Mom! Mom? MoooooM?!?!?!
Do you hear that every day like I do? Do you find yourself thinking…my child talks too much…
Do you also start off your day gazing lovingly at your little blessings and answering with a kind tone. But by the end of the day and the 700th “Mom!” you are ready to:
1. Tell your kids to stop calling you that.
2. Change your name.
3. Never tell your children your new name.
I have gone through all three steps more days than I can count. And it is endlessly frustrating, for sure. I have found though that even if my intentions are pure, and even if I am determined to only answer with kindness if I’m not careful, and if I don’t choose my words well, I fall into snippiness, frustration, and my children start picking up on it.
When my answer to their question becomes short and frustrated, they stop coming to me. You may think like I have, well, isn’t that the point?
Yes, sometimes. But I don’t want my children to stop coming to me, asking me questions, or sharing something with me because I act like I don’t want to talk to them.
If I treat my children like just an annoyance now when they are young, do you think they will want to come to me, ask me questions, and share what’s going on in their lives when they are teenagers and young adults?
Let’s dive into the hows and whys of answering your children so that you are building your relationship, not building a wall.
How Not to Respond
Word choice plays such a HUGE part in this parenting mindset. Let me lay it out for you.
Johnny: Mom! Mom? Moooooom?!?!?!
Johnny: Mom! Mom? Moooooom?!?!?!
Which one of those two scenarios sounds kind to you? If you answered the second one, you are correct. For some reason, answering with a ‘what’ sounds rude, impatient, and short.
Answering instead with a ‘yes’ signals to your child that you would like to hear what they have to say.
It’s one word, one syllable, but the difference is night and day. I can always tell that maybe it’s time for me to take a little break if I find myself thinking “my child talks too much” and then answering my children with a ‘what’.
What They Are Hearing
Even if your children are driving you positively bonkers, it is so important that they view you as someone who genuinely wants to talk to them.
When you answer in a short, exasperated way, they hear it. Children are incredibly perceptive. So even if your children continue in their chatty ways for a few years, if you continue to signal to them that you don’t want to hear them, eventually, they will stop talking to you altogether.
And it will be right around the time when they NEED to be talking to you.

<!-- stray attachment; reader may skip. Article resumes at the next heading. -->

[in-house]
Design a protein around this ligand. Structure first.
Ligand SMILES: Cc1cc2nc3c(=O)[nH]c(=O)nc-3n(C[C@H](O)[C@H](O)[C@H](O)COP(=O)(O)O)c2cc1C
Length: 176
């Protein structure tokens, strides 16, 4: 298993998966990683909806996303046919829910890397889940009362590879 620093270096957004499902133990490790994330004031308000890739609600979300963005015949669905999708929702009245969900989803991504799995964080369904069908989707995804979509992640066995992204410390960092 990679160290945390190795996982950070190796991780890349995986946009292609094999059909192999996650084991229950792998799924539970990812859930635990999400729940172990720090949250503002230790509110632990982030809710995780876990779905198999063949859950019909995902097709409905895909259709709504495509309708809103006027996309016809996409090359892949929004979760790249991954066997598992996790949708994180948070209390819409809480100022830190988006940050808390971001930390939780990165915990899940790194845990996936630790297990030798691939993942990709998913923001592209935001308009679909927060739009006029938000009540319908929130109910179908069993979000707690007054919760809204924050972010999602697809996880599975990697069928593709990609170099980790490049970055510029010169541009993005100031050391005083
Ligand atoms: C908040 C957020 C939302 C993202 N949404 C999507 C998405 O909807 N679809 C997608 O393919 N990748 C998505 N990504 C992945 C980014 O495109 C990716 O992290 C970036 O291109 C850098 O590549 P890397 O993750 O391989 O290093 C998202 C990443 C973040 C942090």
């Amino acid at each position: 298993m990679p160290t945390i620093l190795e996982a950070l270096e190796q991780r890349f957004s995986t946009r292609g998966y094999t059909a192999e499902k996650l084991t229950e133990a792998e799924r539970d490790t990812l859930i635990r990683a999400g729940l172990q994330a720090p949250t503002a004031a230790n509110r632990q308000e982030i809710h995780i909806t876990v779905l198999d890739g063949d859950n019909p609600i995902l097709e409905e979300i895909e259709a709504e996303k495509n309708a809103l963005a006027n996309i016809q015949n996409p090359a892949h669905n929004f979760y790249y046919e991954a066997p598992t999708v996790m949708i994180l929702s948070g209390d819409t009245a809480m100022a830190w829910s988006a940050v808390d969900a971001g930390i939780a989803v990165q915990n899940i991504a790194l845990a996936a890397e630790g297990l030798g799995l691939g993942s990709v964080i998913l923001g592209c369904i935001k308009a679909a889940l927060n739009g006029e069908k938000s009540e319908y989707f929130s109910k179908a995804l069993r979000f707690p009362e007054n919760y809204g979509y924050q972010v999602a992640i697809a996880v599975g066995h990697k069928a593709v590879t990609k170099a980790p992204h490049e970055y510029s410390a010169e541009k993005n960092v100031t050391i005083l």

What to Do When You Just Need Some Quiet
I am not the type of mother who just lets my children dictate the how and why of their day. I am a huge proponent of open communication, but that doesn’t mean that a child doesn’t need boundaries.
You are doing your child a huge favor if you teach him a socially appropriate amount of communication. You don’t want your child growing up and not being able to tell when it’s time to wrap up a conversation. Because if you are thinking ‘my child talks too much’, then you can assume other people are thinking it too.
My Child Talks Too Much- What Now?
What I recommend though, is to be proactive in your parenting, instead of reactive.
A proactive parent will feel herself getting a bit peckish, and decide (before she becomes frustrated) that it is time for a bit of quiet time. Or it may be time for an activity change.
Or, you could even turn the tables on your child. Tell her that instead of her asking the questions, for the next ten minutes, it will be you asking the questions.
Set a timer, and for ten minutes, ask her all of the questions you can think of. Ask questions that she will enjoy answering, but also ask some that will make her think first (blessed silence!!!).
There are plenty of activities that you can do to take control of the situation like reading her a book, practice memorizing something together, doing some chores together, etc.
But don’t be afraid to just say, “Okay, we are going to have some quiet time now. You may play with your toys or look at books, but no talking for the next thirty minutes.” I always like to add in something a little silly like “Mommy needs to rest her ears so that I can listen to you better later on!”
Remember that you are the parent and you don’t just have to be held captive by a chatty child’s conversation. You can do what great parents do: lead and instruct.
If you feel yourself creeping closer to giving a short, grumpy answer to your child’s endless questions, it’s okay to take a talking break. It’s MUCH better to take a talking break than it is to get snippy with your child!